The Classification of Alcoholics PMC

This group has comparatively low rates of co-occurring mental health conditions and moderate rates of other substance abuse disorders and family members with alcoholism. Many have been diagnosed with antisocial personality disorder and other mental illnesses, including major depression, bipolar disorder, anxiety disorders, social phobias and panic disorder. The majority smoke, and many use other drugs, including marijuana, cocaine and opioids. The functional alcoholic subtype accounts for about 19% of alcoholics and includes individuals in their early ‘40s. They start drinking around 18 years old but develop alcohol dependence later in life around the age of 37.

five types of alcoholics

Two of the most effective addiction treatments are outlined in the following subheadings. Although strong links have been drawn between alcoholic parents and children growing up to be alcoholics (3), there are many other reasons why someone may turn to alcoholism. When in the cycle of addiction, an individual’s career/school life, finances, and relationships, can all be affected, often worsening as the individual is left untreated. It is interesting to note that the subtypes summarized in table 2 have been identified through armchair intuition as well as by comparative research and empirical clustering techniques. To the extent that different methods have identified subtypes with similar features, this provides strong evidence for the cumulative wisdom of the past as well as the progress made in recent years. Habitual inebriety begins as a “voluntary indulgence” that eventually crosses the line between the physiological and the pathological, resulting in a deterioration of physical and mental abilities.

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It is marked by an inability to control or stop drinking despite the negative consequences it may have on one’s physical health, mental well-being, and personal relationships. The subtypes include Young Adult, Young Antisocial, Functional, Intermediate Familial, and Chronic Severe, reflecting a range of ages, behaviors, and family histories of alcoholism. Functional Alcoholics are individuals who maintain their professional and personal responsibilities while secretly battling alcohol addiction. Unlike the typical portrayal of alcoholics, they keep up appearances, managing to perform well in their jobs and maintain social relationships, which often masks the severity of their condition. Addressing the unique challenges faced by Young Adult Alcoholics requires a nuanced understanding of their social environment and the pressures they face. Interventions that promote social support for sobriety, alongside educational programs that highlight the risks of heavy drinking, are critical in steering young adults towards healthier choices and recovery pathways.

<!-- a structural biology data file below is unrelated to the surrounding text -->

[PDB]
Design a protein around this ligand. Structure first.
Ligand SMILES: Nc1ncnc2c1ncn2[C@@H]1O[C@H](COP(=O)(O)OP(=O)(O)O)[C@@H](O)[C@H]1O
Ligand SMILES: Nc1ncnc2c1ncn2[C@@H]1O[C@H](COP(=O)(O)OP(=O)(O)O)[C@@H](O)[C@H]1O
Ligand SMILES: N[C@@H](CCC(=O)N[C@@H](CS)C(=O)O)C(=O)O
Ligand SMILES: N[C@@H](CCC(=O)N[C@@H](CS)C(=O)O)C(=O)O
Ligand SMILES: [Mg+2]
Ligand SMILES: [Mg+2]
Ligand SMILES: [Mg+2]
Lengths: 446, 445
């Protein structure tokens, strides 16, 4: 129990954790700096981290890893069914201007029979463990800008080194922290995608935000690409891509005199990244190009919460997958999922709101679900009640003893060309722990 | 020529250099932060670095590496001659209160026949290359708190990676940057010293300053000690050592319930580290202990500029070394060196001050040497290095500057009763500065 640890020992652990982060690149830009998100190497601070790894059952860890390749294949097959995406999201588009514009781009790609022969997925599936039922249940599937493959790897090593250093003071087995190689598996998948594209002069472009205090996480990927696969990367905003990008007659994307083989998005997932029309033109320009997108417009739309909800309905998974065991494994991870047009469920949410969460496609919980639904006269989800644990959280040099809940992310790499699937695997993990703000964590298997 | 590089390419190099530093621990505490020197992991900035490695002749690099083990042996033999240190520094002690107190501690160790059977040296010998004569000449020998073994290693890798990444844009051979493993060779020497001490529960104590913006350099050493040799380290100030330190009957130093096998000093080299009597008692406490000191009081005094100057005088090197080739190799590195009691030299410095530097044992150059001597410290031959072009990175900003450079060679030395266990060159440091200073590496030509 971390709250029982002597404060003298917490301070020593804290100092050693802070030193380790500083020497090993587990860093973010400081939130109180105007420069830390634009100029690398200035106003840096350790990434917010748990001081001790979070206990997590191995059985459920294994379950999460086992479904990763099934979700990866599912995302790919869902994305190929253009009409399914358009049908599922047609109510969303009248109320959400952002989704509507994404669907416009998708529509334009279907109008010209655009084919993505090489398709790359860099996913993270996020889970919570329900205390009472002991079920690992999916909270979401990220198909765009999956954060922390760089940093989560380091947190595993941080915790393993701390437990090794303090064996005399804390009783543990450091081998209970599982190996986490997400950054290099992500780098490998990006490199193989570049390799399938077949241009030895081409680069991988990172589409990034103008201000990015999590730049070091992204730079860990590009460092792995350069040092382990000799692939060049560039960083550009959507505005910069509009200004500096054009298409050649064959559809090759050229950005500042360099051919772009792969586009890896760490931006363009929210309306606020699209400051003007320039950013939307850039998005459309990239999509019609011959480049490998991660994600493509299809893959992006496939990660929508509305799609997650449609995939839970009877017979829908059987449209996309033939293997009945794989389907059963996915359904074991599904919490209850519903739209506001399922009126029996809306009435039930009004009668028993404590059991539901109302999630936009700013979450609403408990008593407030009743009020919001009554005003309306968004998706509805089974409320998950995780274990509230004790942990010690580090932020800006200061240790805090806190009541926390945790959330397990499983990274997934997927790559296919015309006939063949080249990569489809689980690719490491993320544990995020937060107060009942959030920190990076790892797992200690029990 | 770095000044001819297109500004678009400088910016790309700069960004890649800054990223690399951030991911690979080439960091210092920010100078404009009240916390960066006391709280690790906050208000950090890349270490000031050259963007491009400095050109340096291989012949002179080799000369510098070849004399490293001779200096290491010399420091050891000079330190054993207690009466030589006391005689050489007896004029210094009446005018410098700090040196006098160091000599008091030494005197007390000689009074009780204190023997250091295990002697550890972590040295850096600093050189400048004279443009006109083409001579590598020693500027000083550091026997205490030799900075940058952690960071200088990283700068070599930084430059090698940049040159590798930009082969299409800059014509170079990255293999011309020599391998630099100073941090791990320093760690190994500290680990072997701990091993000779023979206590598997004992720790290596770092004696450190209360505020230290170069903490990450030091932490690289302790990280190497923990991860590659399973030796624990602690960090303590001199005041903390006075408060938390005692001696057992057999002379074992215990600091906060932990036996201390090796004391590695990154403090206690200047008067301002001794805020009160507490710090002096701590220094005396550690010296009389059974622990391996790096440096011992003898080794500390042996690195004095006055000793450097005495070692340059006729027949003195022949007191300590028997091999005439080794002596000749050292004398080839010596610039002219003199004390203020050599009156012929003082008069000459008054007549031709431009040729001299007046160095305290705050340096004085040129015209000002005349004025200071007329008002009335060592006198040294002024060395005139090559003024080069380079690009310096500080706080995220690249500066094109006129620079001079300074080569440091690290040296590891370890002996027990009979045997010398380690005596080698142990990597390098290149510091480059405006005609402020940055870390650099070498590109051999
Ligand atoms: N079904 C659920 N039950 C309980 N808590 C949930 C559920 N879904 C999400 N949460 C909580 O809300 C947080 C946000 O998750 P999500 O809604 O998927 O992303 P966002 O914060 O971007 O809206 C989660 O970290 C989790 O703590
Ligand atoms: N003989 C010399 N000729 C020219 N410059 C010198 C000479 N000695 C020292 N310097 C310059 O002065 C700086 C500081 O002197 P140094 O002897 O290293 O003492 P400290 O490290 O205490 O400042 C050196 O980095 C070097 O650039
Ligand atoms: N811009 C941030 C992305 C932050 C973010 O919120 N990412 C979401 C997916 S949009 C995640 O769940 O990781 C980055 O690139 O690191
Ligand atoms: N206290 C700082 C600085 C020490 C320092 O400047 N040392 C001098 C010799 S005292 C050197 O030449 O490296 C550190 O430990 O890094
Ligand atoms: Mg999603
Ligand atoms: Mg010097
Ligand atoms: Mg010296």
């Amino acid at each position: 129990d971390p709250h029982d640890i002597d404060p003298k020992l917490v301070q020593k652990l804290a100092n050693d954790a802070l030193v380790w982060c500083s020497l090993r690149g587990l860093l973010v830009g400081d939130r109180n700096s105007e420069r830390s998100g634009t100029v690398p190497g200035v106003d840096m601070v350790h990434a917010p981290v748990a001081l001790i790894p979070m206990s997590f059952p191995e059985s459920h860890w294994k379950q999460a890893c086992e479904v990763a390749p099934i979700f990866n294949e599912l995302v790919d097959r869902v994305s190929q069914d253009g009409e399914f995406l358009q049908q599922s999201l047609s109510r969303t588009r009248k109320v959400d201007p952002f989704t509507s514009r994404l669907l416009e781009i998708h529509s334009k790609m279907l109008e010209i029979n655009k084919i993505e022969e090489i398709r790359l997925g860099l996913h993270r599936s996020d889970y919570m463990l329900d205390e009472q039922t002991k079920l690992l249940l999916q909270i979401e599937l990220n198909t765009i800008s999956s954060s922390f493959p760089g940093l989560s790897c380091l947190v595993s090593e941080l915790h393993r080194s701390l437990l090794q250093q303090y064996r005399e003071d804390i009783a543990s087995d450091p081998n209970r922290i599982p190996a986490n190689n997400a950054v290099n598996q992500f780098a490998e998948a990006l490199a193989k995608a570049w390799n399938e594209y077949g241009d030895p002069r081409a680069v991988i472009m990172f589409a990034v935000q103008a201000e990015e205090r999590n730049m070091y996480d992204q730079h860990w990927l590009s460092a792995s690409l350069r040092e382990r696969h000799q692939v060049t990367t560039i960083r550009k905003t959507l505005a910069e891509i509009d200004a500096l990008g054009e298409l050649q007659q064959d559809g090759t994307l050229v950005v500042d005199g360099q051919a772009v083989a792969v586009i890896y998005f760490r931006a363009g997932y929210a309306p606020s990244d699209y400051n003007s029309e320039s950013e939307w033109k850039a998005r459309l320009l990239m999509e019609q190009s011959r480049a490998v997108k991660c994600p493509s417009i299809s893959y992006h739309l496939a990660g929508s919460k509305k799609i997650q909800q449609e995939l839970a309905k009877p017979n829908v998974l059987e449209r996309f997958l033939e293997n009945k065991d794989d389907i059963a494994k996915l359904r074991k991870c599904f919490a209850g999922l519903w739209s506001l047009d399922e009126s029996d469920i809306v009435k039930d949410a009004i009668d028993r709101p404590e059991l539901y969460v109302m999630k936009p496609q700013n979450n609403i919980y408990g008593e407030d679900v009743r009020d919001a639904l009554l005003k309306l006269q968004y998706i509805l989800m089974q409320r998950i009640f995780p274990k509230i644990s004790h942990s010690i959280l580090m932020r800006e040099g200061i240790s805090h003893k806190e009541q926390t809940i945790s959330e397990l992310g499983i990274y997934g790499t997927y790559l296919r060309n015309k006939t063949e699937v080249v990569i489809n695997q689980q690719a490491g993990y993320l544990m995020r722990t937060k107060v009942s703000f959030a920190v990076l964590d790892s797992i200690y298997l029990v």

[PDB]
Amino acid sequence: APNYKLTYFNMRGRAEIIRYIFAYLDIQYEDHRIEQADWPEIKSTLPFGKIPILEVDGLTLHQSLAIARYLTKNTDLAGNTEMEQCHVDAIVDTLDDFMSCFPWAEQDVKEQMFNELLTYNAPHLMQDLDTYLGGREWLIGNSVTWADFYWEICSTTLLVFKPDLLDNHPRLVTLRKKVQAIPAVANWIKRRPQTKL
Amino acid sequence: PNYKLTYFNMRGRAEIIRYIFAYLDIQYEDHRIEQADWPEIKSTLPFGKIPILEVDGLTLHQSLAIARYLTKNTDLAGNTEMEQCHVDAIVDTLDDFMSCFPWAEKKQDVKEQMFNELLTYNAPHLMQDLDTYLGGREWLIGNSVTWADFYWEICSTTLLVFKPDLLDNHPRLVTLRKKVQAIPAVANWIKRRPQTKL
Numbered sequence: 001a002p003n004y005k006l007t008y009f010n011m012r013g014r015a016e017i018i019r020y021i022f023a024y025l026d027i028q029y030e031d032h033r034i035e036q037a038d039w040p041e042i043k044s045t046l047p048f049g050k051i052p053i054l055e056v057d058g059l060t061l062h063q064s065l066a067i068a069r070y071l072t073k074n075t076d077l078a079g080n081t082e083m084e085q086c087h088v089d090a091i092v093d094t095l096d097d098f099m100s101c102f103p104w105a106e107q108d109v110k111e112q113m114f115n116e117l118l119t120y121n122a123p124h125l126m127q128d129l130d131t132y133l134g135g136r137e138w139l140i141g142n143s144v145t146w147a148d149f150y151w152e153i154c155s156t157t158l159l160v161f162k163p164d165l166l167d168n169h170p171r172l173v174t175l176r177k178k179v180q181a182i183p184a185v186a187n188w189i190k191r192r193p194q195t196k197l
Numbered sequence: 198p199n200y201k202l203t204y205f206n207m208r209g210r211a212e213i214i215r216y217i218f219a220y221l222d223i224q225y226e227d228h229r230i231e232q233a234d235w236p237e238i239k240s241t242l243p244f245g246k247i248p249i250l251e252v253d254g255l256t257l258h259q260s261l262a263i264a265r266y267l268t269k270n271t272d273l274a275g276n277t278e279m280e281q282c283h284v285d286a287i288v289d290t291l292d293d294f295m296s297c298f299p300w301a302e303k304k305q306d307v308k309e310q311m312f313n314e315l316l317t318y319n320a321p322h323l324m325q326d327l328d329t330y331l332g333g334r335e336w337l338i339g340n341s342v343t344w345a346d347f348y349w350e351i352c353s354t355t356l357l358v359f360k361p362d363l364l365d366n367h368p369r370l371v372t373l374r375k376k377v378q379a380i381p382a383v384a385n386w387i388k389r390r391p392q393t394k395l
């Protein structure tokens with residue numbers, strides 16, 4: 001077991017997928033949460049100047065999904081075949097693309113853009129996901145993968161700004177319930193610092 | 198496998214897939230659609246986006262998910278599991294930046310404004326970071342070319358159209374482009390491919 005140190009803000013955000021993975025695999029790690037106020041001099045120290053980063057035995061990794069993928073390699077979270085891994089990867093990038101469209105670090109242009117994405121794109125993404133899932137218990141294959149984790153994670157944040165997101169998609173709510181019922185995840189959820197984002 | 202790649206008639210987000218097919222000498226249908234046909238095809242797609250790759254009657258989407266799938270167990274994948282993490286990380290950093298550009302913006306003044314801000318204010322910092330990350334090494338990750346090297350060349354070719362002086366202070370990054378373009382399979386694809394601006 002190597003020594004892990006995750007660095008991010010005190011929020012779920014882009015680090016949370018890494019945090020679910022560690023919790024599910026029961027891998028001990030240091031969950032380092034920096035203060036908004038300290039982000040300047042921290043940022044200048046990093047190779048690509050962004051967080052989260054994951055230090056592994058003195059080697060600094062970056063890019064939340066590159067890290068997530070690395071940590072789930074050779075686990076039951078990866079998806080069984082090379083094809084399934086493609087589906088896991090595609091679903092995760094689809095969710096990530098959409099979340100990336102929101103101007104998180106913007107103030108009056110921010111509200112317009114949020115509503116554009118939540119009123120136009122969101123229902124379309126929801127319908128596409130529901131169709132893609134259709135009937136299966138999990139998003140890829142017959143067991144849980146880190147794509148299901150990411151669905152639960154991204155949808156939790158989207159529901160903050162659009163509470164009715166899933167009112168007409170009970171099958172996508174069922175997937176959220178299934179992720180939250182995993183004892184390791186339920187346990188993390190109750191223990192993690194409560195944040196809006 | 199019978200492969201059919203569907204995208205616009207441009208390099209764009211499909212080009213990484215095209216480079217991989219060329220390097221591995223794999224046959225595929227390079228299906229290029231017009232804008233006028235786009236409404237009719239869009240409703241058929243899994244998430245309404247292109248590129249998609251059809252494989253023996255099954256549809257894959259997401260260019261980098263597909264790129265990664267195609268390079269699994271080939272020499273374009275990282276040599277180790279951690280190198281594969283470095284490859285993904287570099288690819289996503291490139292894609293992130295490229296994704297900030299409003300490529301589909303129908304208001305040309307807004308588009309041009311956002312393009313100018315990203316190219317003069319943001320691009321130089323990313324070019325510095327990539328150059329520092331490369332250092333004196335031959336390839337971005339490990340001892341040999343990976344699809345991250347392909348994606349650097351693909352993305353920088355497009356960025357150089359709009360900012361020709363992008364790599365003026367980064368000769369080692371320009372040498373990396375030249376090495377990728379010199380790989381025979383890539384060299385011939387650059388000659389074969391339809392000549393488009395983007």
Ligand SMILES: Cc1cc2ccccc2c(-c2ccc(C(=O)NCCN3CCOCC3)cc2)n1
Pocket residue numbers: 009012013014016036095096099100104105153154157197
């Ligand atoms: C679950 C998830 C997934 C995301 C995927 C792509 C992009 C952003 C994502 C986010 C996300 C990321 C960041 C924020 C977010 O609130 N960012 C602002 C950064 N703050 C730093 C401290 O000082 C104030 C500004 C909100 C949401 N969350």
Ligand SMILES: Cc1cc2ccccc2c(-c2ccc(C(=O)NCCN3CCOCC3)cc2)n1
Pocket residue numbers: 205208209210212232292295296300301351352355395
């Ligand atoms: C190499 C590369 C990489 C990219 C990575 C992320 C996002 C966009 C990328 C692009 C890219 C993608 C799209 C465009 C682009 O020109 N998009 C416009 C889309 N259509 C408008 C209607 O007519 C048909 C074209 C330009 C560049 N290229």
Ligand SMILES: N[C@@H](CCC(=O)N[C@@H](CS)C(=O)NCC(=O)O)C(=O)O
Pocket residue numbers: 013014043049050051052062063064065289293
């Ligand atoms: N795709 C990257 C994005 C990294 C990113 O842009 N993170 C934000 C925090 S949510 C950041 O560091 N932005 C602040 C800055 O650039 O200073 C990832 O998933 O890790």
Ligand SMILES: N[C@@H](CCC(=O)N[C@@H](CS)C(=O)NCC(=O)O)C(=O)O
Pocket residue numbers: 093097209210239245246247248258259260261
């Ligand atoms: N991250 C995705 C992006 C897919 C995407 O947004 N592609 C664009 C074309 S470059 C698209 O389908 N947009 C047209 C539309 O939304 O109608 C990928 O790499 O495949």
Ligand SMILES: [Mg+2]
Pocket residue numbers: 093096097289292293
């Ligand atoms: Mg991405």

• They tend to be middle-aged, and about half have a family history of alcoholism in multiple generations.
  • Family members and friends can recognize the type of alcoholic by observing their loved one’s behaviors and their impact on relationships.
  • Identifying the Young Antisocial Subtype is crucial for tailoring effective interventions and treatment approaches for individuals struggling with alcoholism.
  • These individuals may appear to have their lives together on the surface, but they struggle with alcoholism behind closed doors.